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Fuel shortages

Life in line: Lebanon adjusts to queuing for gas at the country’s pumps

Life in line: Lebanon adjusts to queuing for gas at the country’s pumps

Over recent weeks, Lebanon's residents have grown accustomed to spending a significant portion of their day lining up for gas.(Credit: João Sousa/L’Orient Today)

BEIRUT — At the Medco gas station in Beirut’s Tariq al-Jadideh neighborhood, the scene was typical of a fuel line in Lebanon: chaos, barely controlled.

Drivers formed long queues that blocked most of the main road, trying to overtake one another as station employees begged them to be patient. A 60-year-old woman observing the rush shouted, “You all deserve this after electing such politicians.”

A driver who had completely run out of gas was pushing his car in the line. “I refused to fill my car [because of] these humiliating lines, and I barely drove it in the past few weeks so that I don’t have to,” the driver told L’Orient Today.

“Unfortunately I am now pushed toward humiliation just like everyone else.”

Not everyone makes it to the gas pump before running out of fuel. (Credit: João Sousa/L’Orient Today)

As disordered as the scene appeared, it also gave a glimpse of the ways Lebanese have begun to adapt to the new reality at gas pumps, since the fuel shortages experienced in recent months began to hit.

With lines for gas becoming the norm, volunteers have started showing up to direct traffic and ease traffic clogging roads.

“I love the residents of the area, and since I am unemployed, the least I can do is try to help them with their struggle as they try to fill their cars with fuel,” Abo Abed Itani, 60, told L’Orient Today as he shepherded backed-up vehicles through the line.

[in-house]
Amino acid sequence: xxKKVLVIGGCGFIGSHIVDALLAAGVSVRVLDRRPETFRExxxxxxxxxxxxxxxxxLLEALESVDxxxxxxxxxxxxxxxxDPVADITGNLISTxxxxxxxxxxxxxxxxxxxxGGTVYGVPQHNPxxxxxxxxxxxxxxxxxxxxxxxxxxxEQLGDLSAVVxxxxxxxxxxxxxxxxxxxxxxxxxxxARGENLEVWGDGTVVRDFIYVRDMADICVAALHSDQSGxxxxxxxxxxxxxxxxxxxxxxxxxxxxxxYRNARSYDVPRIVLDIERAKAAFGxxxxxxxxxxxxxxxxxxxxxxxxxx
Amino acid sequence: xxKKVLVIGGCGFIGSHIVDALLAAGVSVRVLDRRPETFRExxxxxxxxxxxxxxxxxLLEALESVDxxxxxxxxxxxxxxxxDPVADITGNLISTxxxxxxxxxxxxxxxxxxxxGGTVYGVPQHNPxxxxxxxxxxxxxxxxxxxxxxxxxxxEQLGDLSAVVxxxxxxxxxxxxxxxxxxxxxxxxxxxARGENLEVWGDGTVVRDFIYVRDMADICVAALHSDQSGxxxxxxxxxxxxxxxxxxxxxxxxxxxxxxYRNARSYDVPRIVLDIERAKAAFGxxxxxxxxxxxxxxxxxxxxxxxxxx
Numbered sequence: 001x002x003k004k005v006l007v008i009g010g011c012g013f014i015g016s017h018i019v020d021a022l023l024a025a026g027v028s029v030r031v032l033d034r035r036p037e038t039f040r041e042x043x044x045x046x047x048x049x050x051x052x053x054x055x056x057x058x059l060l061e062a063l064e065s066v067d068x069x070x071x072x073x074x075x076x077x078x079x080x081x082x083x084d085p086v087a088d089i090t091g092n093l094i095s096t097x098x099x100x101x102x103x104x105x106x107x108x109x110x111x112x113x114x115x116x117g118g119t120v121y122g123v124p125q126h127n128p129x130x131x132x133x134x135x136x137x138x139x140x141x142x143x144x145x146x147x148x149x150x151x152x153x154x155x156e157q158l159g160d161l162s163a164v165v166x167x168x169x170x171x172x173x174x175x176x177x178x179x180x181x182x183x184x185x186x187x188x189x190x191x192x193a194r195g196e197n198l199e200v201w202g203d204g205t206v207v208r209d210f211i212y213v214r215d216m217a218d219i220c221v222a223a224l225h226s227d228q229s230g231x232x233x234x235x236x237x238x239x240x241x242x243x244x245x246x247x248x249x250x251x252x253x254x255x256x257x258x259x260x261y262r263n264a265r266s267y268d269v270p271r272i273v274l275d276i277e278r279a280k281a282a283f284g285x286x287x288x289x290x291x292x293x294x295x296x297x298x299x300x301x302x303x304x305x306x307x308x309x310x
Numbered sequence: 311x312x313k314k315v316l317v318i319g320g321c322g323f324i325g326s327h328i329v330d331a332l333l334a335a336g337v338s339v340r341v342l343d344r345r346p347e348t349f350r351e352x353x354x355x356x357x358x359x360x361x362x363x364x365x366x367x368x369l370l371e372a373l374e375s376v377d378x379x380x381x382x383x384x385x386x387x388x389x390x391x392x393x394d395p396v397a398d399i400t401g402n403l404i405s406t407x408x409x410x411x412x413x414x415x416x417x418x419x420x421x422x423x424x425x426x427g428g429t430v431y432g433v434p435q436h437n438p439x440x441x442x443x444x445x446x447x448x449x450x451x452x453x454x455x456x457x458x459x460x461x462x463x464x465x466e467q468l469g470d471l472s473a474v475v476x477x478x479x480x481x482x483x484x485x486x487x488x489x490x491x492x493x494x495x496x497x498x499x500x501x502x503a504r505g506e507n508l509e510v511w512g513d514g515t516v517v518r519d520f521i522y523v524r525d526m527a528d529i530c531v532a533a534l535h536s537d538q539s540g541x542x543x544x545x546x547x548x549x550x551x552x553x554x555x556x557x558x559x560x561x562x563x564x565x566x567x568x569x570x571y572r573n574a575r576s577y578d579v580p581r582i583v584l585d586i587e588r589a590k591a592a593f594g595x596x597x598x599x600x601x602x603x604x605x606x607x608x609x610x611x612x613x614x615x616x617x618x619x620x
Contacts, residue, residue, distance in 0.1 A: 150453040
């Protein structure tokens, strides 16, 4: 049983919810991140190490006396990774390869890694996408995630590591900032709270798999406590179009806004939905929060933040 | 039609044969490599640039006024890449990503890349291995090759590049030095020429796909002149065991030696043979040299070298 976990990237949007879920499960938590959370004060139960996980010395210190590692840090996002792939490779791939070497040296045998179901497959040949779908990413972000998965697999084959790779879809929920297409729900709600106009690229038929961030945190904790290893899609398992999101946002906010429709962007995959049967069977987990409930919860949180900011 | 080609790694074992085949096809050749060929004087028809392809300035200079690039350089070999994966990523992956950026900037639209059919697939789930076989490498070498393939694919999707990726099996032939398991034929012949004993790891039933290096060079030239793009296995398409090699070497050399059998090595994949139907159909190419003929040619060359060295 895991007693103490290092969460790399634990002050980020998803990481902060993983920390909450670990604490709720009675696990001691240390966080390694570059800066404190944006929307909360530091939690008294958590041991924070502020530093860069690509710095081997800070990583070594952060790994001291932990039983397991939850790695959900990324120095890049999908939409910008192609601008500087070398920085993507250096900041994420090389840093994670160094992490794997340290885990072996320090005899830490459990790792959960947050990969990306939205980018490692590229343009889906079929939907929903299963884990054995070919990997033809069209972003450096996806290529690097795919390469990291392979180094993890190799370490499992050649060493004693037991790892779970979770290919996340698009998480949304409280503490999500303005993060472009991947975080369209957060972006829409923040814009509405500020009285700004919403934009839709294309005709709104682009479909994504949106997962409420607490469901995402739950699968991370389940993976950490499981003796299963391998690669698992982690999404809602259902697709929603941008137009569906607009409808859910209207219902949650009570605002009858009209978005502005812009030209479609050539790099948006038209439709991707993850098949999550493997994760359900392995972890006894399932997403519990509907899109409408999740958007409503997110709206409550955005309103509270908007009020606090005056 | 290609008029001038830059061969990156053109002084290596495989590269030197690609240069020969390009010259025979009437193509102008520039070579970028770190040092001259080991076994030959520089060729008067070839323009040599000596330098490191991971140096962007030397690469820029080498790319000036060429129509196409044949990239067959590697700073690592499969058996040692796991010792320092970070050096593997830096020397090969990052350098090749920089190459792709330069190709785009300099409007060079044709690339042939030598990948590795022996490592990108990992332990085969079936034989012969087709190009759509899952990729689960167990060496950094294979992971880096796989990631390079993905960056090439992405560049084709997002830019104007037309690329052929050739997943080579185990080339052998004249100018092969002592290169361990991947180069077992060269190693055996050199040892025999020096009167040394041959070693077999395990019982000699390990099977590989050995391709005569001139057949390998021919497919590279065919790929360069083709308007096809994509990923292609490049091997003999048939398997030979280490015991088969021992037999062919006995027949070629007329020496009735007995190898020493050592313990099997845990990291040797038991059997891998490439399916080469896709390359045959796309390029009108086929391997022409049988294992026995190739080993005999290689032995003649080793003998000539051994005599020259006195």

Stations have also become better organized, separating motorcycles from cars. Vehicle drivers who for months have been queueing whenever they need gas now trade jokes as they wait in the sun.

Workers have become used to the gas shortages and no longer worry about informing customers of sales limits. By now, many drivers have befriended station workers who sometimes help them jump the line or share some tricks to skip ahead a few cars, like paying to go through the car wash.

Others are sending people to fill up their tanks on their behalf. Hasan Dayekh, 14, was driving his brother’s motorcycle through a line at Hypco gas station in Corniche al-Mazraa with his friend behind him. Dayekh told L’Orient Today that his brother works every day, so he fills up the gas tank to feel productive during his summer vacation from school. His classmate came along to try to make the wait time pass more quickly.

Some gas stations have established a separate queue for motorcycles. (Credit: João Sousa/L’Orient Today)

Still others have figured out their go-to stations, in some cases driving half an hour or longer to a station they know will fill a tank all the way up rather than having to wait hours at a station only to fail to get petrol. Since the early days of the shortages, many Beiruti residents have gone all the way to the Total station in Jiyyeh, near Saida, which has a large number of workers and pumps and has never imposed limits.

Many people who live farther south, where gas has been less accessible, are coming north.

“I came all the way here from Sur because most gas stations are closed in my area,” an unregistered taxi driver told L’Orient Today.